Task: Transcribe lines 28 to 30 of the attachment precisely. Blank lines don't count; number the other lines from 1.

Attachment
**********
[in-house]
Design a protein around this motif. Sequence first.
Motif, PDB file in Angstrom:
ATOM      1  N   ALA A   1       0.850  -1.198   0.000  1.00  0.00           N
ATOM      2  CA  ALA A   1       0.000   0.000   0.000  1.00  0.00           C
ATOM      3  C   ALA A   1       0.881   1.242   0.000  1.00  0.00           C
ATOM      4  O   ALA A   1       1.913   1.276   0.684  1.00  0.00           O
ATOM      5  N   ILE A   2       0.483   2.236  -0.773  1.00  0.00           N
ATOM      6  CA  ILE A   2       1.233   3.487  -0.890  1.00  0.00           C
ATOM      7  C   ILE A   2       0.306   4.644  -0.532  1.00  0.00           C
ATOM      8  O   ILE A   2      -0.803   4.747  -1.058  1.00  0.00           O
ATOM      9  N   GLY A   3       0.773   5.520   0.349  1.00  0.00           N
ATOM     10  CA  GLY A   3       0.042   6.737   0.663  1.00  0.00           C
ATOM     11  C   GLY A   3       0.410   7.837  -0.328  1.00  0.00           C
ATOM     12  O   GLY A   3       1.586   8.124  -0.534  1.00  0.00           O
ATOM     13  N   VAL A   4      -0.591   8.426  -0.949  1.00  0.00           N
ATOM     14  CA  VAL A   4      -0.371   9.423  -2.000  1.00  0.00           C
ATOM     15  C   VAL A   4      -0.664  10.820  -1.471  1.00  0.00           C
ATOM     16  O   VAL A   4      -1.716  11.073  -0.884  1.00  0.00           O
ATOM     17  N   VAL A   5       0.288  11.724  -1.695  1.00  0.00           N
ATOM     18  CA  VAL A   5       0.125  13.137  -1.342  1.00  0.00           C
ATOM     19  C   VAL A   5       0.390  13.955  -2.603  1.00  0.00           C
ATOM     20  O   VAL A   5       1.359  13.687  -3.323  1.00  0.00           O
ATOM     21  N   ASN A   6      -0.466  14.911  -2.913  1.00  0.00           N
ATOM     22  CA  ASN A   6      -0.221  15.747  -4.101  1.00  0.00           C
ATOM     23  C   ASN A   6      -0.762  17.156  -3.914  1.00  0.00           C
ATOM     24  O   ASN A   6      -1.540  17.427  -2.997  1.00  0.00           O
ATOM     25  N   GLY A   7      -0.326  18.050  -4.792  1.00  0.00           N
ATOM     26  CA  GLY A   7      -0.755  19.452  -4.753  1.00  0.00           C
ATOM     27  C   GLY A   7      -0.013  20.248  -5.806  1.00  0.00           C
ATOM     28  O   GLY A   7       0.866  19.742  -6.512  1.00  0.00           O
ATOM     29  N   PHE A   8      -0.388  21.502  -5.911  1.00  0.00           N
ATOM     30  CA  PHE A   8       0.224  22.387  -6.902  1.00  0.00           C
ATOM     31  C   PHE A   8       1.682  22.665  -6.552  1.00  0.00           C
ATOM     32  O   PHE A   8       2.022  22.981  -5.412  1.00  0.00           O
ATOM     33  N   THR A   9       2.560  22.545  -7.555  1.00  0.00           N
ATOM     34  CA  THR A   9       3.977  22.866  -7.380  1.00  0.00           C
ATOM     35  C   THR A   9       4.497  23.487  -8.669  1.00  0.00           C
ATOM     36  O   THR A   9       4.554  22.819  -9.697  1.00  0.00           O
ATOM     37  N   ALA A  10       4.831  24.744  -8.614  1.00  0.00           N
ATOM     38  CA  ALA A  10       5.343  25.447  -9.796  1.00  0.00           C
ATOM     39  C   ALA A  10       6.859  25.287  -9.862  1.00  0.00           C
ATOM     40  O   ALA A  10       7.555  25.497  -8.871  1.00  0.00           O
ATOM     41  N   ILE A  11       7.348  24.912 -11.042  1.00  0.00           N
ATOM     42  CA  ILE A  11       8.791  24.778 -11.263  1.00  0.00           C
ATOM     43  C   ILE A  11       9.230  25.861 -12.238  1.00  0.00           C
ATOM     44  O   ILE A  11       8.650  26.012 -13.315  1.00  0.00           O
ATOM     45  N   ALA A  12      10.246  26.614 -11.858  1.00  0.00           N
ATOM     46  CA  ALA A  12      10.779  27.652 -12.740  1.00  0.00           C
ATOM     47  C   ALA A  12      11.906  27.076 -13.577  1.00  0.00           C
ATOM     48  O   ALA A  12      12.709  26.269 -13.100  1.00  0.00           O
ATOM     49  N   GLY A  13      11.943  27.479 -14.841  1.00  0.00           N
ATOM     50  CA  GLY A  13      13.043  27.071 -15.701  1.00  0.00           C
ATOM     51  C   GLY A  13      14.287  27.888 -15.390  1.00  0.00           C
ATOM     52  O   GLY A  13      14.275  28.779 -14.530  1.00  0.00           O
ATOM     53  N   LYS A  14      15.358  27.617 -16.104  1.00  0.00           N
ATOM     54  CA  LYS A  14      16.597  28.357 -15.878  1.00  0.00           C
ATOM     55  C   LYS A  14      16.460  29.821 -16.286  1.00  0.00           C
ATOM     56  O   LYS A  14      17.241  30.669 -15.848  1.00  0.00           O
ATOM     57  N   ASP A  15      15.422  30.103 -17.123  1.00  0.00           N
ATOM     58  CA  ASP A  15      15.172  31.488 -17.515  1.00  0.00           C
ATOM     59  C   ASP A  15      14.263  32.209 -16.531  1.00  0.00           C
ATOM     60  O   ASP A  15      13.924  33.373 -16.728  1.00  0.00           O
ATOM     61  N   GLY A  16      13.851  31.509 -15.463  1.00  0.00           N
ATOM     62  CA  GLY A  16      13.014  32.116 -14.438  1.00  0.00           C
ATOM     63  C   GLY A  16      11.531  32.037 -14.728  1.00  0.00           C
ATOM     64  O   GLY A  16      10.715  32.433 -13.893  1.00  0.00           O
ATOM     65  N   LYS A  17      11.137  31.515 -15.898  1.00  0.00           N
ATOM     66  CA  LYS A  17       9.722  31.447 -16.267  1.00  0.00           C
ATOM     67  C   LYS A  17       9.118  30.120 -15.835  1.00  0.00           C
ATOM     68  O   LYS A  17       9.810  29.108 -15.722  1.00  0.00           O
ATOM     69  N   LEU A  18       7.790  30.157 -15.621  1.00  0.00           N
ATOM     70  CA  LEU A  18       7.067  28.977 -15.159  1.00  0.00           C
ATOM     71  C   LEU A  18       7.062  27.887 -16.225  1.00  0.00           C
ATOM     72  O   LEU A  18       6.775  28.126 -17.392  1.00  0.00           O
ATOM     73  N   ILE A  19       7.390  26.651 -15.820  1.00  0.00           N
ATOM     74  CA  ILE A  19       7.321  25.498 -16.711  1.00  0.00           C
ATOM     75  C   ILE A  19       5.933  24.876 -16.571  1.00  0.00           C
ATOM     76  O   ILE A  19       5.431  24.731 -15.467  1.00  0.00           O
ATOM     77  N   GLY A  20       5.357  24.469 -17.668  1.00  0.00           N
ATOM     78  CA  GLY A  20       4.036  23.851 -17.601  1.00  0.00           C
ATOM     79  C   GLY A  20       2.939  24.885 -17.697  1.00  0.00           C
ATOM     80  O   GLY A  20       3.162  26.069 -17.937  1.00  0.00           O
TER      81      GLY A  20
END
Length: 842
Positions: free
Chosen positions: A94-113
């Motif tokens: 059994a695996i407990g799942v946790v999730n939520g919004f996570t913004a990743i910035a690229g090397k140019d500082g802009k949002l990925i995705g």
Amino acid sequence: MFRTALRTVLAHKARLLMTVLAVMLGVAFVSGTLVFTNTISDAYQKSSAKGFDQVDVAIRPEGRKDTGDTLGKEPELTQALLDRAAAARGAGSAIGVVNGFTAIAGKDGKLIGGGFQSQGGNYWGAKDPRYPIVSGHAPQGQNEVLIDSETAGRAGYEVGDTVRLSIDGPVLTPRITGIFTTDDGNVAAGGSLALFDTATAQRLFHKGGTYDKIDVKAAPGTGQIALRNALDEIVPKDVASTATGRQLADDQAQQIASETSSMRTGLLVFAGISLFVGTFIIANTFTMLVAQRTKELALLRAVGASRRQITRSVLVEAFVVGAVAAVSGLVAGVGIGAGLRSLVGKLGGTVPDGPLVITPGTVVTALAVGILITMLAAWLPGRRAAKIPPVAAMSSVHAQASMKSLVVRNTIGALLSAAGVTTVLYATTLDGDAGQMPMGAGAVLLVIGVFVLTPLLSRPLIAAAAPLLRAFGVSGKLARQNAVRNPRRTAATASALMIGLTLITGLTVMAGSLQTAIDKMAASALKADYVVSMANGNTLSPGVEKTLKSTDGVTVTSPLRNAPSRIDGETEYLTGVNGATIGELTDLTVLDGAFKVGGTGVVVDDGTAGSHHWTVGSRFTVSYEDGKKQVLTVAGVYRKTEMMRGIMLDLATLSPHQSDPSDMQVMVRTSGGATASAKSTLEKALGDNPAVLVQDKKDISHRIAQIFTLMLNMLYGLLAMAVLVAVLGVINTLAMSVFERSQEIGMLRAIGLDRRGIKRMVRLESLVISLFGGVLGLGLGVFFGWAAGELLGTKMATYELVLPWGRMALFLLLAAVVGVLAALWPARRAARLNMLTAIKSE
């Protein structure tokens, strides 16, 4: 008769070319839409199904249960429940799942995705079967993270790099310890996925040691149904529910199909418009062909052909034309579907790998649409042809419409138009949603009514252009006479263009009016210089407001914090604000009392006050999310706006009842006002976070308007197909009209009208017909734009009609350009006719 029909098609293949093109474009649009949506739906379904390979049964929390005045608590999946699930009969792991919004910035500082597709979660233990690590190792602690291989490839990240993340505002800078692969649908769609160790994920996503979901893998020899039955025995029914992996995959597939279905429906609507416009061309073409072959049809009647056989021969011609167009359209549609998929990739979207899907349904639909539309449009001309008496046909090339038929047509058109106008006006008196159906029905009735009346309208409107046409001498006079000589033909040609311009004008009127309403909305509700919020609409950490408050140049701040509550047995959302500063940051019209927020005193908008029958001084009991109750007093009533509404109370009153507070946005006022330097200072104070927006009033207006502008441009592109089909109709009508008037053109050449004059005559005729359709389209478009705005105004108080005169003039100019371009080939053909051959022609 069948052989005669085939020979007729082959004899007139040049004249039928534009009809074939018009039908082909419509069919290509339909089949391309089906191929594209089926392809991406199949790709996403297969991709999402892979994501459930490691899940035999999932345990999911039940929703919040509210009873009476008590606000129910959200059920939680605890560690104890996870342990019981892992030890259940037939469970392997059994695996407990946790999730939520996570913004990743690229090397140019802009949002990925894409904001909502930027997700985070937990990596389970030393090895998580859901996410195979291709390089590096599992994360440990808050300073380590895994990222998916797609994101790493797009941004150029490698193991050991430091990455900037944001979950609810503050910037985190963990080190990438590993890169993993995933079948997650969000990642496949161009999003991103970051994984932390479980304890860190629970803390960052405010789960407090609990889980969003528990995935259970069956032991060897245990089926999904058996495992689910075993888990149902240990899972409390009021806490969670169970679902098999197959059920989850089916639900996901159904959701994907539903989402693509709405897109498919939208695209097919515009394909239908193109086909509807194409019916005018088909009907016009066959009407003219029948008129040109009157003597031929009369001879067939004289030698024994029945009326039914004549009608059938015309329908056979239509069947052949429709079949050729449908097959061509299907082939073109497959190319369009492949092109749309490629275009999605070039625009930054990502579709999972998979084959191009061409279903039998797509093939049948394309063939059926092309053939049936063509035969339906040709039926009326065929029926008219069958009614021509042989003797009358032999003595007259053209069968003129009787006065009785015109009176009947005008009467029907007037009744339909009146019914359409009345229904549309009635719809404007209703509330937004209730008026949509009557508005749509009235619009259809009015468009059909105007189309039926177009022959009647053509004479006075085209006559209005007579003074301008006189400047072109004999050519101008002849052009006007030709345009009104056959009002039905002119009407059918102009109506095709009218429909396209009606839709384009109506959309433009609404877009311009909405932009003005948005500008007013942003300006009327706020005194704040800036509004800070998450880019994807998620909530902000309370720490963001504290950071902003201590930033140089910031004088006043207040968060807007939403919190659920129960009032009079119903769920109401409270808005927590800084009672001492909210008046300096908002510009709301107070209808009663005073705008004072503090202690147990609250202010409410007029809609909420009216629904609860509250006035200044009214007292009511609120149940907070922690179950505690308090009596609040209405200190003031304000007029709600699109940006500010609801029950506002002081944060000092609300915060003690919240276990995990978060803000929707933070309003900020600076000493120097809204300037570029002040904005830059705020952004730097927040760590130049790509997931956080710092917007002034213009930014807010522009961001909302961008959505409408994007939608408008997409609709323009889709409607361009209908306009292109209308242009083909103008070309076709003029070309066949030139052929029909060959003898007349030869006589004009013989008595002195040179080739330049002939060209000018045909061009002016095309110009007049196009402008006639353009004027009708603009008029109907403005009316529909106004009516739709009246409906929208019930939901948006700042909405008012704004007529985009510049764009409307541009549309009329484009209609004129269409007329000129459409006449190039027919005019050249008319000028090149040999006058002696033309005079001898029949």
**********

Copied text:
ATOM     25  N   GLY A   7      -0.326  18.050  -4.792  1.00  0.00           N
ATOM     26  CA  GLY A   7      -0.755  19.452  -4.753  1.00  0.00           C
ATOM     27  C   GLY A   7      -0.013  20.248  -5.806  1.00  0.00           C